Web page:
A man served time in prison for growing weed. But what he learned there helped to make history.
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Juan Vaz and his wife were watching a movie with their kids one evening when an eight-man SWAT team kicked in their door and raided their home.

Uruguayan authorities found out Vaz was growing cannabis in his home. According to Vaz, the judge hearing his case said he was "worse than a drug dealer" and sentenced him to two years and four months in prison.


Juan Vaz stands before the prison near Montevideo where he spent the first six months of his prison term.

Vaz was only growing cannabis for personal use, but it was still against the law, so he had no choice but to do the time.

In prison, he had time to reflect on what was important to him and what he would do when he was released. Giving up was not an option.

"I'm 40 years old and can deal with this. But if I were 20 years old, what would have happened to me? The next convicted grower could be in his twenties, and his life will get shattered. I believe that's what motivated me to get out of jail with strength, eager to make things better." — Juan Vaz

While he was in prison, Vaz began his plot to change the rule that landed him there.

He studied a combination of botany and law so he could "unravel all that legal slang" that kept a lot of people from grasping what was at stake.

And when he was released, IT WAS TOTALLY ON.

According to Time magazine's Uki Goni, "Vaz emerged determined to see the law changed in Uruguay, and went from being a computer programmer to a near full-time marijuana activist."

The problem with the law, said Vaz, isn't just that it didn't make sense — it's that it made their country even more dangerous:

"In Uruguay, smoking and having a small amount of weed was allowed, but there was no legal way to purchase that amount. Even if buying from a drug dealer wasn't punished, self-growing it had taken me to jail. This was illogical. Because with the amount you were allowed to carry with you, the law itself forced you to buy it from a drug dealer. Then, the law seemed to support drug trafficking."

Vaz and his allies pounded the pavement until change was in sight.

After years of organizing, marching, and educating, they found support in the supreme court, and the legislature finally decided to reconsider the law.

In 2013, the Uruguayan senate met cheers as it passed a bill to legalize and regulate the production, sale, and use of cannabis.

And since then, guess who built the largest cannabis production business in Uruguay — none other than Juan Vaz!

But the story's conclusion doesn't have quite the finality Vaz was expecting from the outset.

"When we started working on legalization, it was like a mountain that we had to climb. And when we finally got to the top, we would hug each other. We would plant the flag and smoke a joint. ...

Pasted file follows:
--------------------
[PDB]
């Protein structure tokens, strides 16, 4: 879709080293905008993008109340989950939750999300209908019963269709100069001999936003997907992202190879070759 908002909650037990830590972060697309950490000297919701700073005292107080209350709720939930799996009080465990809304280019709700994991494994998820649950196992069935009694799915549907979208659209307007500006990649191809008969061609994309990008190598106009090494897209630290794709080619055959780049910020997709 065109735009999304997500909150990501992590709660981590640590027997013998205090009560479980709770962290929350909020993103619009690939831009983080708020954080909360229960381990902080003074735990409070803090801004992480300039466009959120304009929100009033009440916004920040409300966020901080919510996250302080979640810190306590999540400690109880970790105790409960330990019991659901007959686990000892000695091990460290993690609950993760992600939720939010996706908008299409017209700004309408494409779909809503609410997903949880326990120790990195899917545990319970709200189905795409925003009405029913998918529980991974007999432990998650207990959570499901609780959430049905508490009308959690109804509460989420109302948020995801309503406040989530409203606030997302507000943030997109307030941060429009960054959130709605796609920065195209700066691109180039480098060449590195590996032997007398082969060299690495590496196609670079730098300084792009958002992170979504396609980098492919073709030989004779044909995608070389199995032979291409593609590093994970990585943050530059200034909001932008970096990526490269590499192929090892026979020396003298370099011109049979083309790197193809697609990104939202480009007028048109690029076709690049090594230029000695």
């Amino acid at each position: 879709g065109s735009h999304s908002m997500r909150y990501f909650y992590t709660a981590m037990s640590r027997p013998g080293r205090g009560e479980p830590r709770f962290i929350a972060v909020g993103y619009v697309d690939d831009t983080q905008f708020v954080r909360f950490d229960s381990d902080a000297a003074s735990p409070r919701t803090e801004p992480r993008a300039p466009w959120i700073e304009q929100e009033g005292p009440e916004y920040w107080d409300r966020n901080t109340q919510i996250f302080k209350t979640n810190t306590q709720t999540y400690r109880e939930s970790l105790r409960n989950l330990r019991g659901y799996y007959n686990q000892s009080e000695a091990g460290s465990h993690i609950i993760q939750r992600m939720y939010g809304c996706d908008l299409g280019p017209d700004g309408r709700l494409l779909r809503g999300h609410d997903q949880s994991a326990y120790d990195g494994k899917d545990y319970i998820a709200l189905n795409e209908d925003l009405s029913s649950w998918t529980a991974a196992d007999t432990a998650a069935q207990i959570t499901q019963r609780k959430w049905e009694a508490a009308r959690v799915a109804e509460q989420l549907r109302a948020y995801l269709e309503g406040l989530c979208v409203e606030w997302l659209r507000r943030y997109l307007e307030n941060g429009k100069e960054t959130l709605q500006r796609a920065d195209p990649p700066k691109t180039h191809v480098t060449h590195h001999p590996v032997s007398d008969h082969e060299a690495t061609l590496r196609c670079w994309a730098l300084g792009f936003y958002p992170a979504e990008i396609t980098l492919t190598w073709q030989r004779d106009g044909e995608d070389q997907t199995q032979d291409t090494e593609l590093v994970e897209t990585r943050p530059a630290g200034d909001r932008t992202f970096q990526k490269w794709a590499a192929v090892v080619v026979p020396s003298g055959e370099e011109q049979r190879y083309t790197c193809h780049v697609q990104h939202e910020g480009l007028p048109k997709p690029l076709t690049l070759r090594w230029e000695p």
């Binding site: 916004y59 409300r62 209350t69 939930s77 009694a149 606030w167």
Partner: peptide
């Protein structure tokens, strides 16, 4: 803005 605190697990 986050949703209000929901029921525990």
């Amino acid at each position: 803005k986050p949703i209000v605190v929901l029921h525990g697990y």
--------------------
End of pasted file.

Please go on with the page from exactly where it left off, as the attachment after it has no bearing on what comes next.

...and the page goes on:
When we finally got to the top of the mountain with our idea on our backs, we looked down and saw a valley and another mountain, another valley and another mountain, and another valley with another mountain.

And we realized that we need to keep going." — Juan Vaz



The war on drugs has been a violent failure. Maybe it's time we chalk it up to a bad idea and take a step into the future with Uruguay?

Images courtesy of Mark Storhaug & Kaiya Bates

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The experiences we have at school tend to stay with us throughout our lives. It's an impactful time where small acts of kindness, encouragement, and inspiration go a long way.

Schools, classrooms, and teachers that are welcoming and inclusive support students' development and help set them up for a positive and engaging path in life.

Here are three of our favorite everyday actions that are spreading kindness on campus in a big way:

Image courtesy of Mark Storhaug

1. Pickleball to Get Fifth Graders Moving

Mark Storhaug is a 5th grade teacher at Kingsley Elementary in Los Angeles, who wants to use pickleball to get his students "moving on the playground again after 15 months of being Zombies learning at home."

Pickleball is a paddle ball sport that mixes elements of badminton, table tennis, and tennis, where two or four players use solid paddles to hit a perforated plastic ball over a net. It's as simple as that.

Kingsley Elementary is in a low-income neighborhood where outdoor spaces where kids can move around are minimal. Mark's goal is to get two or three pickleball courts set up in the schoolyard and have kids join in on what's quickly becoming a national craze. Mark hopes that pickleball will promote movement and teamwork for all his students. He aims to take advantage of the 20-minute physical education time allotted each day to introduce the game to his students.